It’s a toy I had as a child over seven decades ago that I wish I had now. The Jack in the Box toy. If one of those old ones were around today in pristine condition it would be worth some bucks given the publics nostalgia for old toys. It was a metal box (tin) approximately 6”w X 6”d X 6” h, and it had a hinged lid that snapped shut. On one side there was a crank. When you turned the crank at some point (you could never guess when) the lid would pop up and a clown face on a spring attached to the inside would burst out of the box. It was always a surprise when that lid would fly open. To put one of today’s expressions to it, you could say it was one of those “wow” moments for kids.
It’s easy these days to not have very many of those “wow” moments which come as a result of something as simple as that toy, isn’t it? As we get older (and, yes, more hardened to the ways of the world), busier, stressed, and certainly worn out, our “wow” moments are more and more confined to the big bangs of wow we seek in life. It’s as if we allow crust to build up on our hearts over time, a crust which stops so many of the simple joys and wonders we are surrounded with from touching our hearts.
Surely most of us will reflexively look at a wonderfully painted sunrise or sunset and be wowed by it. We do the same thing when we see other wonders of nature—like the Grand Canyon, or the birth of a child. We are wowed, and legitimately so. We should be. They are examples of God’s hand in our lives and His handiwork. But those are the big bangs of wow-dom.
Those two words, “all things”, mean just that—all things. Not just the sunsets and sunrises, natural wonders, and the like, but all things. Stuff like the breath we just breathed and the next one coming, that last heartbeat, and the next one coming. Things like here I sit at the computer thinking words for this piece and they leave my brain, travel down my arms to my fingers on a keyboard, and I look at them and understand them as they are printing out on a screen. The fact that you are looking at those same words on your screen with eyes that are a foot away and you recognize them, know them, and hopefully are enjoying them as they touch you and your heart. All those things, and so much more, are enormous “wows” that we simply take for granted so much of the time.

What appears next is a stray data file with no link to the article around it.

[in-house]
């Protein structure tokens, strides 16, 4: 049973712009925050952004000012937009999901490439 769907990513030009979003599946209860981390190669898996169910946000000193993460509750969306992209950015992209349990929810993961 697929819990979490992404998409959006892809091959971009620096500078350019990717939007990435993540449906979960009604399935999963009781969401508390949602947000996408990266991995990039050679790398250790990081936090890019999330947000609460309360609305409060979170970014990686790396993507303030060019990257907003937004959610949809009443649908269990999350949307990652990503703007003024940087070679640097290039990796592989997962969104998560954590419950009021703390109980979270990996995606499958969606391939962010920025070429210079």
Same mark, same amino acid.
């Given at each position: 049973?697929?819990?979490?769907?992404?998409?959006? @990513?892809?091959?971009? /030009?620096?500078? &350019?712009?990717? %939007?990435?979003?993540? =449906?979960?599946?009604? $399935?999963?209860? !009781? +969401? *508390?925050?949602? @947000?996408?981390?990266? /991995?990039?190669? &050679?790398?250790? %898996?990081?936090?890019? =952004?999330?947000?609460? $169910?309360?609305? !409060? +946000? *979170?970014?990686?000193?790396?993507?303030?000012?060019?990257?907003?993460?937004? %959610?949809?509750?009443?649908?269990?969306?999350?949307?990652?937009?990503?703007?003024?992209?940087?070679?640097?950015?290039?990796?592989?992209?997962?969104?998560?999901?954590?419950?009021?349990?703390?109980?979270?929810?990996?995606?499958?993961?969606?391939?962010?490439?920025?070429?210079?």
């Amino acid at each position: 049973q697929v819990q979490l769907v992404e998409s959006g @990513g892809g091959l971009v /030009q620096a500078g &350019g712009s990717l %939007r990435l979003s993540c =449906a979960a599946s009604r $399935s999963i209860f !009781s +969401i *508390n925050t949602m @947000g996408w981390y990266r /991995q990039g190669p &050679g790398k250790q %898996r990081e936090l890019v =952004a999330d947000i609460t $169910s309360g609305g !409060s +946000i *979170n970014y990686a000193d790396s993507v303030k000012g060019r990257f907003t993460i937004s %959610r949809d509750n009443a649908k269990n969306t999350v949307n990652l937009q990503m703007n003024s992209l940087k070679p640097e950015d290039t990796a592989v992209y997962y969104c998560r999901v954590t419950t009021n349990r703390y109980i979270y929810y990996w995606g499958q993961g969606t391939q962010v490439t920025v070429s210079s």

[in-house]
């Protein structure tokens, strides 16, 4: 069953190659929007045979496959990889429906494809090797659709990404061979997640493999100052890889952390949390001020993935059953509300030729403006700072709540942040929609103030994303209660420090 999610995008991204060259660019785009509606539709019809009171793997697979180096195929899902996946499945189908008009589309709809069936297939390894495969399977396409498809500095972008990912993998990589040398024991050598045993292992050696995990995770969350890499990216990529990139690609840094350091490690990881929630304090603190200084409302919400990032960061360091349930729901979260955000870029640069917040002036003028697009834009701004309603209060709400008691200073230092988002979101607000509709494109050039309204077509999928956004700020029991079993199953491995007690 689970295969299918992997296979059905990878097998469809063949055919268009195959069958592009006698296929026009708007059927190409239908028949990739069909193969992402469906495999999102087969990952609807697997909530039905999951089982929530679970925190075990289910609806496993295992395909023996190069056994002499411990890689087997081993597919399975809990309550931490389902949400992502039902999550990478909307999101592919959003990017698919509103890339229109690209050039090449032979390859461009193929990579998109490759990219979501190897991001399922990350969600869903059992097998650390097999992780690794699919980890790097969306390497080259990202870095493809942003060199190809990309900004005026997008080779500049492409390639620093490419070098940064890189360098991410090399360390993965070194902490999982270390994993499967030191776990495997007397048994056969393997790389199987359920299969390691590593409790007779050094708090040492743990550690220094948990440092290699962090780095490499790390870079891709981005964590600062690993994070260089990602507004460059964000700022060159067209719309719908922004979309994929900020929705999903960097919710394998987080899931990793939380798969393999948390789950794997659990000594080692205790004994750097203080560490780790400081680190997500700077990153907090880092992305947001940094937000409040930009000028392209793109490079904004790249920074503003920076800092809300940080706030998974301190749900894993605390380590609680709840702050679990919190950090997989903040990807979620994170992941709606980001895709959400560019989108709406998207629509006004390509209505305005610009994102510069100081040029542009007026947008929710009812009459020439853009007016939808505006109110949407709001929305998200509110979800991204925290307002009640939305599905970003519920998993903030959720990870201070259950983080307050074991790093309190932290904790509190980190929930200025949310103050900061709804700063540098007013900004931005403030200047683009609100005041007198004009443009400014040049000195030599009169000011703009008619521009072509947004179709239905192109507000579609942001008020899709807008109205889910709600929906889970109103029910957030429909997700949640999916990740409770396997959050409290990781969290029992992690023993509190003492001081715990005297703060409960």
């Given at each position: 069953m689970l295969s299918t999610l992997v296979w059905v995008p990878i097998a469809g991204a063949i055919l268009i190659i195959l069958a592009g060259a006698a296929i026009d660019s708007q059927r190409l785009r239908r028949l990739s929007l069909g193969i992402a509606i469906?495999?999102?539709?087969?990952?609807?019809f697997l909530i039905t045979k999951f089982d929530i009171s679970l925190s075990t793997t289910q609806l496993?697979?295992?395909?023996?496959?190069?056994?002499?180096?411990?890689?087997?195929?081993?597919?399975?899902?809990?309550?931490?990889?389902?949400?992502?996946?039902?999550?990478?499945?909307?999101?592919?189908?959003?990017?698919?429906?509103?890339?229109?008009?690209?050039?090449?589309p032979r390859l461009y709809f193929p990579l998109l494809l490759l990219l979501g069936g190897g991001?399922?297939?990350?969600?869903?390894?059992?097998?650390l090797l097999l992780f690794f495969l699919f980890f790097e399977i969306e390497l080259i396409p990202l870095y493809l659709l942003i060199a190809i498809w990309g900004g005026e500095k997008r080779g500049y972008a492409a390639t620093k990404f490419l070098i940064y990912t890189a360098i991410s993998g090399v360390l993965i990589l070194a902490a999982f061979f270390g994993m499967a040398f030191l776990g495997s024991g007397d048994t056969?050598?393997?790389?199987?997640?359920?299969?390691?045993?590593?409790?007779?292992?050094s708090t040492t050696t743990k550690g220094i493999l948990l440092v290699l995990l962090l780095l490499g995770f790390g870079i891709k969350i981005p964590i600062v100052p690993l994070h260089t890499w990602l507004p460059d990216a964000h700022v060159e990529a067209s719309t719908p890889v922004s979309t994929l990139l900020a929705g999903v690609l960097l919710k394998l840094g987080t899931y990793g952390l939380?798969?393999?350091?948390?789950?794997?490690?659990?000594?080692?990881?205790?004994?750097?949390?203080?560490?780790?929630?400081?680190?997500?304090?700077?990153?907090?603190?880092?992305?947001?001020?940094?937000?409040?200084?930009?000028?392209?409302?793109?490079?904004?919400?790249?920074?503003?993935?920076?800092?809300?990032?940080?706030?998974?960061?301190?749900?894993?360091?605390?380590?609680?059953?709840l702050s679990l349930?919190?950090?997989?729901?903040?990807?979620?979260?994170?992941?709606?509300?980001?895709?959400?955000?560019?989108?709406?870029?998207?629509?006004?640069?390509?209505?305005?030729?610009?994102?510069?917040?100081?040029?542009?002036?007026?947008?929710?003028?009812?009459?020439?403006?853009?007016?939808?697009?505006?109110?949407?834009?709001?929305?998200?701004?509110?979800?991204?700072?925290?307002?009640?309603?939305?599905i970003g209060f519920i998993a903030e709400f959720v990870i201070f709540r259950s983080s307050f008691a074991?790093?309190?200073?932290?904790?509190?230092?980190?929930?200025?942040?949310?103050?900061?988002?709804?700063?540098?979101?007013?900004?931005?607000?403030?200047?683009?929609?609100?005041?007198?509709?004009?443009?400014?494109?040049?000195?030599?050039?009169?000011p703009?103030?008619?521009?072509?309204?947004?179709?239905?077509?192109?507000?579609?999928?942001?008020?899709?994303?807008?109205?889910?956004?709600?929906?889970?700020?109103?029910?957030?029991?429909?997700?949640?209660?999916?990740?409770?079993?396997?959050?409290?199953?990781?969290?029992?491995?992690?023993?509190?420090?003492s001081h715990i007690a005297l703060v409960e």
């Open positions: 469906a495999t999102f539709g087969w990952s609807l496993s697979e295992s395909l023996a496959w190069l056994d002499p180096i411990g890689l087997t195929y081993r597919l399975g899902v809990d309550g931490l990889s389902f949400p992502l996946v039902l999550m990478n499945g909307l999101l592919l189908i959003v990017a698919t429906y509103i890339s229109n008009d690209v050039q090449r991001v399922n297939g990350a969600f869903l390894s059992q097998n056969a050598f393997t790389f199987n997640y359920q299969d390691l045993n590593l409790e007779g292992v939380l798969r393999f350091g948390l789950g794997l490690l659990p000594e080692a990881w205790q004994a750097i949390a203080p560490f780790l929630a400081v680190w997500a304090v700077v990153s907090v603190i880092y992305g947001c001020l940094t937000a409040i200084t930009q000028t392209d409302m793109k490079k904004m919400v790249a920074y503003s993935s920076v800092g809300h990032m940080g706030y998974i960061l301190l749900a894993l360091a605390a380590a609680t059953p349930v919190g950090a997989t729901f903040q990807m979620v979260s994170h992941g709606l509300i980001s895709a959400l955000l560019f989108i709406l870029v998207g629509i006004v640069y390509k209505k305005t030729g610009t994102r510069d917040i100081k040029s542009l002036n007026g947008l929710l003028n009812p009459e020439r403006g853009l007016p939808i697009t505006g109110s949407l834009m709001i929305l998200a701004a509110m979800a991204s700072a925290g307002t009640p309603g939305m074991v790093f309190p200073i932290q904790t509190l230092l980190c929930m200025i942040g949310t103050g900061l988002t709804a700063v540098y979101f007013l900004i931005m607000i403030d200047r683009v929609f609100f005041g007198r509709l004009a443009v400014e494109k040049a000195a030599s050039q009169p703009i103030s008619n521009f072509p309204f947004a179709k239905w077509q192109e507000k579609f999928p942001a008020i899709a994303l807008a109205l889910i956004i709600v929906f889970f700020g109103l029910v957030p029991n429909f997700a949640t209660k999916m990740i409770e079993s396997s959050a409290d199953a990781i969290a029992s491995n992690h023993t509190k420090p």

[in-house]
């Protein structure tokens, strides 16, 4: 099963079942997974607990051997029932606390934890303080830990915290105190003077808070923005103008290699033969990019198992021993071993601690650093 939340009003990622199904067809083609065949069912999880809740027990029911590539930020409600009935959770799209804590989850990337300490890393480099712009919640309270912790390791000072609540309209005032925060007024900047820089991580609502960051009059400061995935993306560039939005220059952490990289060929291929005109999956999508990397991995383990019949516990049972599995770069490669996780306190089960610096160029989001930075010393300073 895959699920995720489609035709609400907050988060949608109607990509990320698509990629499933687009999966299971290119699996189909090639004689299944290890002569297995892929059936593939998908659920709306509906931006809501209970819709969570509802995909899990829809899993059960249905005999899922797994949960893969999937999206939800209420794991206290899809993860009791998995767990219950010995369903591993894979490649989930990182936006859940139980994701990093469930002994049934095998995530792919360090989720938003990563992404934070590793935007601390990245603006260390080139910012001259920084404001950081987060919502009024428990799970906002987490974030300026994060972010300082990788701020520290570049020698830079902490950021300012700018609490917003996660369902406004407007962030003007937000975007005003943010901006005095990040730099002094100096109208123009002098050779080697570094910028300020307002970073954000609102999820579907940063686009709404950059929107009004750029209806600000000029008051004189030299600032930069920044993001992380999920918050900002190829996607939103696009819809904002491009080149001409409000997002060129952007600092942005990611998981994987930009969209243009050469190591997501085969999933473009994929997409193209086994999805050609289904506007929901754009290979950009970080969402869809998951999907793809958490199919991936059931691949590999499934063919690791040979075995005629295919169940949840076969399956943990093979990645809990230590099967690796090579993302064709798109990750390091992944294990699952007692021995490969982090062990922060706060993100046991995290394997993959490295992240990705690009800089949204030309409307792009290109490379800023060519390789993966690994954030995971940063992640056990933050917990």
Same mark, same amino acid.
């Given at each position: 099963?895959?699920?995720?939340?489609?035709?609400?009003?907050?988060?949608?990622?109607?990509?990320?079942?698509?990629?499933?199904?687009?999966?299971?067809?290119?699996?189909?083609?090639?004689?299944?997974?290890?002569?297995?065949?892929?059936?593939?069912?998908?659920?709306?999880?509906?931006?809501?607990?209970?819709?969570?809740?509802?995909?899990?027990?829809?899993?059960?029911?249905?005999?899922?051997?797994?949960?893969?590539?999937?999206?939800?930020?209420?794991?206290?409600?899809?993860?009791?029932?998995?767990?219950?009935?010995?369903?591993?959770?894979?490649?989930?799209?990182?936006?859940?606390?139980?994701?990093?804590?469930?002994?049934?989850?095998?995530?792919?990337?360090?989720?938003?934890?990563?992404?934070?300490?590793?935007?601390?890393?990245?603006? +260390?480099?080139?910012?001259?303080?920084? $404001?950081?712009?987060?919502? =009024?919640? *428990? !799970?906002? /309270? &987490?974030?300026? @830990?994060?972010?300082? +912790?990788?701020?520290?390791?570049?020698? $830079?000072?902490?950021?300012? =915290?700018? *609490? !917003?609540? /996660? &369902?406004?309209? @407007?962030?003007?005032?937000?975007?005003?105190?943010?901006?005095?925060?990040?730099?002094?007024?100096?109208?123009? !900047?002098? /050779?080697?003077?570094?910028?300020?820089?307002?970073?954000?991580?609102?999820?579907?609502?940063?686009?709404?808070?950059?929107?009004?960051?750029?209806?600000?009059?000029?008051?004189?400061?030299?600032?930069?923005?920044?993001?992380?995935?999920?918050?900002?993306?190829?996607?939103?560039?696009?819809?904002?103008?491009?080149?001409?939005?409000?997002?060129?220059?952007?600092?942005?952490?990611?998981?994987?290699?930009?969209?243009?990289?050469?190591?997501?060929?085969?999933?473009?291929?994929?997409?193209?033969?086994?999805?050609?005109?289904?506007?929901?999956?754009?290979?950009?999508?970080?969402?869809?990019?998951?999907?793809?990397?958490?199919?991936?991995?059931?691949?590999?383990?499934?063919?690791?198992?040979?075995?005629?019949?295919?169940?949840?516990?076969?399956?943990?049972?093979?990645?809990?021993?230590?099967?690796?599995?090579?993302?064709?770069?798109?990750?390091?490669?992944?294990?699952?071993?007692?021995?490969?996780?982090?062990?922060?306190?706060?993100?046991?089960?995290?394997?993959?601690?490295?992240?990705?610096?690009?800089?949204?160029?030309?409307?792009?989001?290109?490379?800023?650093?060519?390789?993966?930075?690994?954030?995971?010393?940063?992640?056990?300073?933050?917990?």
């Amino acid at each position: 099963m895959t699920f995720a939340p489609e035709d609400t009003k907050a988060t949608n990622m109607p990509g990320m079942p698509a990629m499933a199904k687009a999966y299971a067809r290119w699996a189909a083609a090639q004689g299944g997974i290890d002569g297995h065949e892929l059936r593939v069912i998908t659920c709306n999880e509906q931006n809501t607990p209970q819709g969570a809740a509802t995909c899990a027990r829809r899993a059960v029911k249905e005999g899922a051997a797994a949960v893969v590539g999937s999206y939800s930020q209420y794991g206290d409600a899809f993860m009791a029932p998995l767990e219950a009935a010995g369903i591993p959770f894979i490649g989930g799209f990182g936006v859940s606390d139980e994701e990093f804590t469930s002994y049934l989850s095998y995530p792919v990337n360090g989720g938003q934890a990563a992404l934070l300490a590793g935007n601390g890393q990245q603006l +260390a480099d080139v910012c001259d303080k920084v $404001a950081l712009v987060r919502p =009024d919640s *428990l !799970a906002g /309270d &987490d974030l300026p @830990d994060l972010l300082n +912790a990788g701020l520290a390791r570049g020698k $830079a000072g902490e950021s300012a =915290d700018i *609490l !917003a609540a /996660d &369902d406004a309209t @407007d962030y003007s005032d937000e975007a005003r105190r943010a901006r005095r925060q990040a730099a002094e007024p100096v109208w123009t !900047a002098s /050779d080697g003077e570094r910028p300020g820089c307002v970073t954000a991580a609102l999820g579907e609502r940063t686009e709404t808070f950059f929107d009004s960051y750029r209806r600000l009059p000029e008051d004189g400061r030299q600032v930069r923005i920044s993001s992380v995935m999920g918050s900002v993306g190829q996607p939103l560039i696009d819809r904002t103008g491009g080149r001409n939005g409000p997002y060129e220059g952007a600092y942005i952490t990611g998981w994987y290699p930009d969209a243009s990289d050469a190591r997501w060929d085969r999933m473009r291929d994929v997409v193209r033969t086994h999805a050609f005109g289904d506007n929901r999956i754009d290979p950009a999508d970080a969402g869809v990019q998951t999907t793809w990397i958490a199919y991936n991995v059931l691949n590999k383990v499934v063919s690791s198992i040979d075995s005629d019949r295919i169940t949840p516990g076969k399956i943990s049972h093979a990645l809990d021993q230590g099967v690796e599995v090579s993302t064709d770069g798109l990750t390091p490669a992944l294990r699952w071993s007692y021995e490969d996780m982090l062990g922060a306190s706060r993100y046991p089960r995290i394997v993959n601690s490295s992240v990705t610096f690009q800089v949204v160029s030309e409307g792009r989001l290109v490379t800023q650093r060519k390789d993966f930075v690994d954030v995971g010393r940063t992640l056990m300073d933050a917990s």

We lose that wonderful childlike gift of “wow” as we age, don’t we? Do we take ourselves too seriously? Have we deadened ourselves to the simple joys and wonders of life as we have aged? Could it be that we have self-Imposed the necessity of being “adult” to such a degree that we have forgotten (or worse yet, find it foolish) that it is wonderful to be childlike in our sense of awe and wonder? Have we let the innocence of youth we all once had escape? Have we allowed the business of life to kidnap that child in each of us (the one we often yearn for) and hold him captive within?
We were made to be childlike to the degree that we accept scripture, God, and all that He made and does with the blind faith and sense of awe and wonder of a child.
Perhaps it’s time to consider these past few paragraphs. Find that child within you once again. Love on him. Embrace him. Let him be your best friend as together you start to explore that wonderful world of “wow” that is available to you. It’s there. It’s never left. It’s right in front of you. It’s God. And, it’s godly.
One way to help yourself to do that is to simply start praising God and thanking Him for all of those little wows we so often take for granted instead of just the big wows like the sunrises and sunsets and canyons. Make it your mission to find the kid that never left you. He’s right inside of you hiding behind the crust and all the adult seriousness.